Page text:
Tag Archives: Top Chef

Ontop of a Potato…all covered with Cheese (read to the tune of ‘On Top of Spaghetti’)

I’d like to begin this post with a quote from the band Guster, “step on a kid he’ll grow up hating you” from their song Either Way, is a real summarization of how kids are most vulnerable to influencers and role models in the early parts of their lives.  As adults we meet people all the time who influence our life.  But the difference is, as adults we’ve already established a foundation for who we are based on the people from our childhood.  And by human nature we surround ourselves with people who are similar to us.  So the hope is by the time you are an adult you are being influenced by good people.

With that in mind, every year I volunteer as a counselor at Camp Happy Times.  This is a week long camp for kids ages four to eighteen who have survived or are going through cancer treatment.  I’m going to make a very bold statement and say that for some of these kids Cancer saved their lives.  Many come from rough neighborhoods of New Jersey and their ticket to life outside the chain link fence and cracked pavement is behind a hospital wall where they find people who care about them and instill the will to survive not only for the sake of living but for the chance to make something of themselves.  The role models at the hospitals have a different job from us camp counselors.  Our week with the kids is an insight to their social lives.  Each year my range of problem-solving skills expands.  But the real skill comes in how you build trust and negotiate with these kids so they trust you.  Which in turn will make you a role model and influencer.

The skill that was added to problem-solving file cabinet this year was a mix of body image and nutrition.  One of my food fantasies is to have an army of Top Chef constants come into the challenge of making a healthy meal out of camp food.  The food needs to be rich in vitamin c, as many of these kids are still sick,  while also delivering protein, energy and hydration.  Oh yea and it has to taste good and be fed to about 200 people.  For me each meal was a personal Top Chef challenge, to dig out some nutrition from the meals presented and also be subject to the poor eating habits of thirteen-year-old girls.   While camp is a time for these kids to let loose I felt I looming responsibility to influence their eating habits.

By the middle of the week the baked potato bar was really taking its toll on their energy levels, and they were all starting to develop little baked potato beer bellies.  It wasn’t until I explained that their friend Mr. Potato Head while rich in vitamin c and potassium was not giving them any nutrients by day three especially when topped with a man-made river of cheese whiz.  With a cliff notes version of complex carbs and high glycemic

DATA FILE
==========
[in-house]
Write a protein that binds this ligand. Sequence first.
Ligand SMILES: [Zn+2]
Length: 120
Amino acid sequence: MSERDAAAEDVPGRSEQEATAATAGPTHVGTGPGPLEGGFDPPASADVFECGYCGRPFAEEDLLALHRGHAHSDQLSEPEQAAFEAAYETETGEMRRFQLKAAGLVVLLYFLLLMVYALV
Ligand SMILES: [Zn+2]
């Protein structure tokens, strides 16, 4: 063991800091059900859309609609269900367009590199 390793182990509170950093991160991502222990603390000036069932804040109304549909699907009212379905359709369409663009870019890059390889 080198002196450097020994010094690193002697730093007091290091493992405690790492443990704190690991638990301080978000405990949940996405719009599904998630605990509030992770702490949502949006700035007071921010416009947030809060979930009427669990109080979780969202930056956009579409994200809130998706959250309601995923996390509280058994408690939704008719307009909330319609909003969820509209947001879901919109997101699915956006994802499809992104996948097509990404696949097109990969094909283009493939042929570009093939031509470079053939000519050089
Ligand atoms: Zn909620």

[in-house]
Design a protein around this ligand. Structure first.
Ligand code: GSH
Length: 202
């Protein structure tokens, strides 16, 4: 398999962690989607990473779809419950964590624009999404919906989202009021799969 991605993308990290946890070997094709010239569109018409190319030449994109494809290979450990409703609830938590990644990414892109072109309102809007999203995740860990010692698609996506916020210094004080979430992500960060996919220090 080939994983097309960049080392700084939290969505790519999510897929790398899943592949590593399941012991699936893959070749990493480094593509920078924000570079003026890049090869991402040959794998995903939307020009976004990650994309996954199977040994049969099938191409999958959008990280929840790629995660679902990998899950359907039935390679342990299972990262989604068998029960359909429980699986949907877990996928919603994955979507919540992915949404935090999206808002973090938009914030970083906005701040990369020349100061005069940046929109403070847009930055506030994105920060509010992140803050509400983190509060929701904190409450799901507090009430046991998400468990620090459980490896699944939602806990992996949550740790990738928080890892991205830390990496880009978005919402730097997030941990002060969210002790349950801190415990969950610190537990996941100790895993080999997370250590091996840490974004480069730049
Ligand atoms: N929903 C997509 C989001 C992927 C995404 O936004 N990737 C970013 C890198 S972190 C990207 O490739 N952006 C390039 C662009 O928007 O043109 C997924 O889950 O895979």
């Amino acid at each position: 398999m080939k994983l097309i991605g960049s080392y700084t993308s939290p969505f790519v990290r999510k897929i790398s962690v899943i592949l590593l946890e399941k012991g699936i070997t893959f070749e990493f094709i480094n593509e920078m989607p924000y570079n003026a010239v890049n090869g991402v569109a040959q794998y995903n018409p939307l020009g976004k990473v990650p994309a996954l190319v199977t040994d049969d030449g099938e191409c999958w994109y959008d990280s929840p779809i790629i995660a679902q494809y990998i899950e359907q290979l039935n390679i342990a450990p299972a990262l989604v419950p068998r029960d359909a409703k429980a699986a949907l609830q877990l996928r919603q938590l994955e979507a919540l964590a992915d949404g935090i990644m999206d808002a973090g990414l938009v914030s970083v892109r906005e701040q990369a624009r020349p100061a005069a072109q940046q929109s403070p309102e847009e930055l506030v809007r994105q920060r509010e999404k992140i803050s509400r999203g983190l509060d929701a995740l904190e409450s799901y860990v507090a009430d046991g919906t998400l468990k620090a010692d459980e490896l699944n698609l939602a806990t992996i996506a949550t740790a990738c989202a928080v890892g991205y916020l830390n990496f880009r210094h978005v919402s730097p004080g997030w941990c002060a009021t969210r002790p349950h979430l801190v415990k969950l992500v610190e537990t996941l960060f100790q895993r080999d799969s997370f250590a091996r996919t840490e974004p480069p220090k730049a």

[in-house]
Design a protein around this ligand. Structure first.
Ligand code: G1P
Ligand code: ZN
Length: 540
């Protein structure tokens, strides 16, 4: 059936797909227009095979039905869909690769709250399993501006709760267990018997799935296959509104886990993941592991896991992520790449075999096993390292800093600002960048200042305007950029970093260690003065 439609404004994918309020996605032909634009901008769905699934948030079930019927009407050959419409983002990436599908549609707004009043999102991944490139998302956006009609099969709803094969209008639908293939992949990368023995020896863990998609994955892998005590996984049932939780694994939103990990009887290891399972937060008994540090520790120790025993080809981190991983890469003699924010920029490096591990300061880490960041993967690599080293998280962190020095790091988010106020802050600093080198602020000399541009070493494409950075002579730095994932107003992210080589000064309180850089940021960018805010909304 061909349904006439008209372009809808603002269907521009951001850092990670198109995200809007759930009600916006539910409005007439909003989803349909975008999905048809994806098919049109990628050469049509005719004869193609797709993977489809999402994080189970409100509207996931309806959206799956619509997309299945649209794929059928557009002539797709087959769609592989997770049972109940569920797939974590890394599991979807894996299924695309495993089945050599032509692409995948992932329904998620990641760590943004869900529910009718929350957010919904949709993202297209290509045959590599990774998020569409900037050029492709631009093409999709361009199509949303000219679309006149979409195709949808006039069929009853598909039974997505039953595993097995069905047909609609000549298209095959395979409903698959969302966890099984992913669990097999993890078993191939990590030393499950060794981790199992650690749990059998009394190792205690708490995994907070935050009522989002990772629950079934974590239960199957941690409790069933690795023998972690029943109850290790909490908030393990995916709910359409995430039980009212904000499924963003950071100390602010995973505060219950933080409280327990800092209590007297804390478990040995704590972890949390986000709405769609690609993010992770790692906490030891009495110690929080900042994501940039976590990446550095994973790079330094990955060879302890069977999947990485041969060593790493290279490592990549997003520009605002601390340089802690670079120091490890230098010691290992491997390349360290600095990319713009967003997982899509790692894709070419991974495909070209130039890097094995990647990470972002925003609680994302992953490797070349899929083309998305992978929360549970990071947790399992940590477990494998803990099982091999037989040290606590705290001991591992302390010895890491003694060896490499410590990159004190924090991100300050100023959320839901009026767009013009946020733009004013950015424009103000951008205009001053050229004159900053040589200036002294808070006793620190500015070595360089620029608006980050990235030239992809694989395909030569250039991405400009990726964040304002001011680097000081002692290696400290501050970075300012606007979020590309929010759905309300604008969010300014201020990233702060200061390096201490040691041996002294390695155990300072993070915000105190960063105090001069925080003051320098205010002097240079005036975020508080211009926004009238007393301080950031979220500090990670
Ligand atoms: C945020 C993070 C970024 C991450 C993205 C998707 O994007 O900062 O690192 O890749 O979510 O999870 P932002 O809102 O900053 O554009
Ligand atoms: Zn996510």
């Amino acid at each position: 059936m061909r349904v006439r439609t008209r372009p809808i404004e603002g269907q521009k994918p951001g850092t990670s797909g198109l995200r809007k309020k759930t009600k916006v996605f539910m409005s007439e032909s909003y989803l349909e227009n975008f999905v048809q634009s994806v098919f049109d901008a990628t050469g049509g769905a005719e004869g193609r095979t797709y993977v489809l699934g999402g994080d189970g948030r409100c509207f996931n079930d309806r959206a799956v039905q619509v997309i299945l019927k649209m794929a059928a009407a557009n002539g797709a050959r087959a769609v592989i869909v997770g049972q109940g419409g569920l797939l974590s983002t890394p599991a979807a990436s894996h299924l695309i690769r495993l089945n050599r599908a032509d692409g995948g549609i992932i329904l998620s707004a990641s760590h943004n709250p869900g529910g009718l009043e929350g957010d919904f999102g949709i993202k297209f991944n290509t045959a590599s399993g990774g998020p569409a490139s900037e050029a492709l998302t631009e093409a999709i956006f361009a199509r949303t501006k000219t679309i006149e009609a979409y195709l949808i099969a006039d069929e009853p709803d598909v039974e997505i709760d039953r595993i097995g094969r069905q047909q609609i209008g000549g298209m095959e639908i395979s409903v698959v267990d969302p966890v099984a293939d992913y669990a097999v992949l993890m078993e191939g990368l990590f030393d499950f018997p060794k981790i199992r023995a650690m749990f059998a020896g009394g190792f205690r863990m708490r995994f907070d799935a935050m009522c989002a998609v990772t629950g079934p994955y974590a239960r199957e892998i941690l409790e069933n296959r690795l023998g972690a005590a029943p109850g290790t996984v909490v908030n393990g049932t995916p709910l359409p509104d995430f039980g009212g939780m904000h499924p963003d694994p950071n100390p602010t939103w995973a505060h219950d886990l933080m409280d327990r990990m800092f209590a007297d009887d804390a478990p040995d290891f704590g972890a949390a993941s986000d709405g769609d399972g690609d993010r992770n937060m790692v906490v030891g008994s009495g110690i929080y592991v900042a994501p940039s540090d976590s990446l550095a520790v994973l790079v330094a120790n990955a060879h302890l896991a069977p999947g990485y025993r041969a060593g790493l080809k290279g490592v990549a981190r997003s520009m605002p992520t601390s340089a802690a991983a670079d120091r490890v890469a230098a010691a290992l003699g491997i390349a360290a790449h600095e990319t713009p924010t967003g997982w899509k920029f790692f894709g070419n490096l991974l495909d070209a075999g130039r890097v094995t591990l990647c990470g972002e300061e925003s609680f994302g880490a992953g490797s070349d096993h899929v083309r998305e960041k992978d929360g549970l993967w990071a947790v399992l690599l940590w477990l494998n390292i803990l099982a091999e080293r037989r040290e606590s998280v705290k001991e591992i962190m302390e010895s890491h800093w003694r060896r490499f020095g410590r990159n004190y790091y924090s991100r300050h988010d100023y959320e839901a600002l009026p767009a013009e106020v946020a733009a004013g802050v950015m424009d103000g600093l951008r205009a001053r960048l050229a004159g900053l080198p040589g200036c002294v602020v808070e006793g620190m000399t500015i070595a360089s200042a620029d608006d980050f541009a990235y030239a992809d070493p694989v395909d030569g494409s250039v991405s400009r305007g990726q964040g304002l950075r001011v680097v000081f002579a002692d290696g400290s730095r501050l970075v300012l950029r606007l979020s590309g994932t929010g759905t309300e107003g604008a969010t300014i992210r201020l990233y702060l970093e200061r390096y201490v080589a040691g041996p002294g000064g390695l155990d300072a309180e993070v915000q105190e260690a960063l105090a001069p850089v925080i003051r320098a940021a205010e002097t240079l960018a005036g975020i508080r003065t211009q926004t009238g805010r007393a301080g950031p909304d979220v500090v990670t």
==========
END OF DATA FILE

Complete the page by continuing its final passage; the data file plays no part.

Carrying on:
index I explained this is why you feel exhausted by 2:00 everyday.

Other mealtime characters included salt-shaker-Sally and two-bite-Betty.  There were some kids who were trying to eat healthy by going to the salad bar.  But I just cringed at the sound of them chomping down on Iceberg lettuce swimming in Ranch dressing and Bacon-bits.  I was faced with a moral dilemma to hide the salt shaker, shove a chicken finger down a kid’s throat and begin preaching Michael Pollen style about knowing where your food comes from.

Making a healthy version of Sesame Chicken with the girls in the kitchen.

My best advice to these girls was as follows:

At the ripe old-age of thirteen your little bodies have already had some pretty toxic chemicals to deal with.  Between school lunch and mall food courts it’s not easy for you to find healthy choices.  Food will fool you into thinking it’s giving you nutrients when it’s not.  And you might not think eating a cheesy baked potato covered in Bacon-bits and a river of cheese three days in a row will matter much right now, but I promise you it will come back to visit you later.  Your body is precious, it’s already been through a lot, feed it what it deserves.

On a lighter note, here is a link to Sesame Street singing ‘On Top of Spaghetti’


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Top Chef All-Stars

It’s like the end of baseball season, or a presidential election, or finally seeing the new Harry Potter movie, what am I going to be obsessed with now?!

My overall thoughts of the season are favorable.  I liked the idea of bringing back old cast members as you already had established relationships and character developments.  I feel like every new season it takes me a couple episodes to find out who I want to root for.

Some outstanding moments:

Jen leaving so early!!!  What they hell was up with that?  She was so close to the finale in her season nearly smacking down those Voltaggio brothers.  Red-headed Tiffani quoted how she really expected to get schooled by Jen, but alas.

Jamie what a wuss.  Did you even want to be on the show?  She did make a total comeback in the finale though.  I think she knew we were on to her.

Tre didn’t know too much about him, but loved how he called himself the “Black Italian”

Carla so happy she won fan favorite!  I didn’t think she’d win the competition but happy she made it pretty far.  I couldn’t believe her in that Target challenge, I mean I get a little caught up in the place too but seriously woman get cooking!  And the Jimmy Fallon thing was a little much with the pot pie.  BUT  the CRUST ON THE BOTTOM is KEY.  And now I secretly love Jimmy Fallon for his love of food.

Elmo and Cookie Monster need I say more.

Fabio was great to see him back but seriously man it BURGER not BOUGER

Tiffany I truly don’t know how she made it that far nor did the blogging community, it was a sigh of relief when she finally went home.

The finale was great.  I really enjoyed watching Mike and Richard take leadership in the kitchen.  That is the true mark of a great chef.  And really got a kick out of watching Spike the Spy!  So random to see Lidia as one of the guest diners?  Where was Bourdain?  I thought he was part of the original panel?  I love listening to Gail’s critique’s and she’s always very complimentary.

So happy to see Richard win!  I did feel bad for Mikey though, I wanted to give him a hug.  And that look on his wife’s face when they announced the winner…EESH.  But as much as the Andy Cohen Watch What Happens Live was a drunken *hit show, Mike looked in good spirits.

I’m anxious to see what Bravo has up their sleeve for the next season!

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What I’ve been Up To


Butter: Celebrity Chef Alex Guarnaschelli has a gorgeous dining space and her restaurant week menu was very impressive and delicious.  I peeked into the kitchen and saw Ashley from Top Chef Season 6.  We asked the waiter if she could come out and say hi.  (I told him I was a famous food blogger.)  Apparently she was too slammed in the kitchen so we were denied.  Funny that the kitchen was slammed because she didn’t look busy when I peeked in earlier, and our dessert took so long to come out that the waiter gave us a free glass of wine.